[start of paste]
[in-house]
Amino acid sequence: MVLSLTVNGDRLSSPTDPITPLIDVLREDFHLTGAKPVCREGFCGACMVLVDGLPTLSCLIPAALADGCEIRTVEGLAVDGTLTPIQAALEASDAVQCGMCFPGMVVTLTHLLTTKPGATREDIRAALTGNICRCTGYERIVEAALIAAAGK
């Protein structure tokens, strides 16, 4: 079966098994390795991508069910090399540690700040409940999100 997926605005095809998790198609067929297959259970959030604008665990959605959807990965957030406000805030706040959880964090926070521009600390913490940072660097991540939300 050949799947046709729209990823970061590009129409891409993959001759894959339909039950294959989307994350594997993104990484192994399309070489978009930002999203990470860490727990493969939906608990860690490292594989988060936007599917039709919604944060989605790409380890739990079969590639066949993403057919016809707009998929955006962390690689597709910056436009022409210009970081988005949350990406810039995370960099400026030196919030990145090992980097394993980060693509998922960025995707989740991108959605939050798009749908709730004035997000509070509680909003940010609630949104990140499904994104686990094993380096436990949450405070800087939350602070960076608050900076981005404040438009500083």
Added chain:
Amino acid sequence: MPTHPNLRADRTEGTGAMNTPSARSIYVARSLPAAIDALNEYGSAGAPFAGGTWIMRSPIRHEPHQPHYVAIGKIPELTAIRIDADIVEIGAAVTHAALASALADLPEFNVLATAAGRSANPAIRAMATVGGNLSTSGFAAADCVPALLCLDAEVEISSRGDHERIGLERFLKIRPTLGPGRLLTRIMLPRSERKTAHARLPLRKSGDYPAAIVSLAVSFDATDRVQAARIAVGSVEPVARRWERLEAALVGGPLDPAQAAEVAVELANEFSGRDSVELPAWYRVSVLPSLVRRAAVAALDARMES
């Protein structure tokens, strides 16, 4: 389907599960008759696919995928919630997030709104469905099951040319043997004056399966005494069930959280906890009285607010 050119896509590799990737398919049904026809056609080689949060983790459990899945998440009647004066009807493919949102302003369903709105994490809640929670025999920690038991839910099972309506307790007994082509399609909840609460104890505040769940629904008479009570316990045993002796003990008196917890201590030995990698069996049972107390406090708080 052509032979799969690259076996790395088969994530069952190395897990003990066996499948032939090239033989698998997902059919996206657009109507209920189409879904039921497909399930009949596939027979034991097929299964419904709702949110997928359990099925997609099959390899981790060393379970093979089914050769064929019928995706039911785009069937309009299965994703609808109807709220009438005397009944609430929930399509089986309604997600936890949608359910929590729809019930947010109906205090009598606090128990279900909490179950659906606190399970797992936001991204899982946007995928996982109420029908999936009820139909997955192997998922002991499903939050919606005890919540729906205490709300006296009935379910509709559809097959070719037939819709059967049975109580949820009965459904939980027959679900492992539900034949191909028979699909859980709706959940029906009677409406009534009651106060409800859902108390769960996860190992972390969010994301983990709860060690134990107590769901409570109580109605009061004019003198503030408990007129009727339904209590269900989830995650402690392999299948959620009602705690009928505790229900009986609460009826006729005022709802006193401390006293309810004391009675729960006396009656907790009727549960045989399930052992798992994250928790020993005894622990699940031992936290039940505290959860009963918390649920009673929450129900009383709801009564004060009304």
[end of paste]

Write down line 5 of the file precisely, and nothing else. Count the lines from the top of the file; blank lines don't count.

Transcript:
Amino acid sequence: MPTHPNLRADRTEGTGAMNTPSARSIYVARSLPAAIDALNEYGSAGAPFAGGTWIMRSPIRHEPHQPHYVAIGKIPELTAIRIDADIVEIGAAVTHAALASALADLPEFNVLATAAGRSANPAIRAMATVGGNLSTSGFAAADCVPALLCLDAEVEISSRGDHERIGLERFLKIRPTLGPGRLLTRIMLPRSERKTAHARLPLRKSGDYPAAIVSLAVSFDATDRVQAARIAVGSVEPVARRWERLEAALVGGPLDPAQAAEVAVELANEFSGRDSVELPAWYRVSVLPSLVRRAAVAALDARMES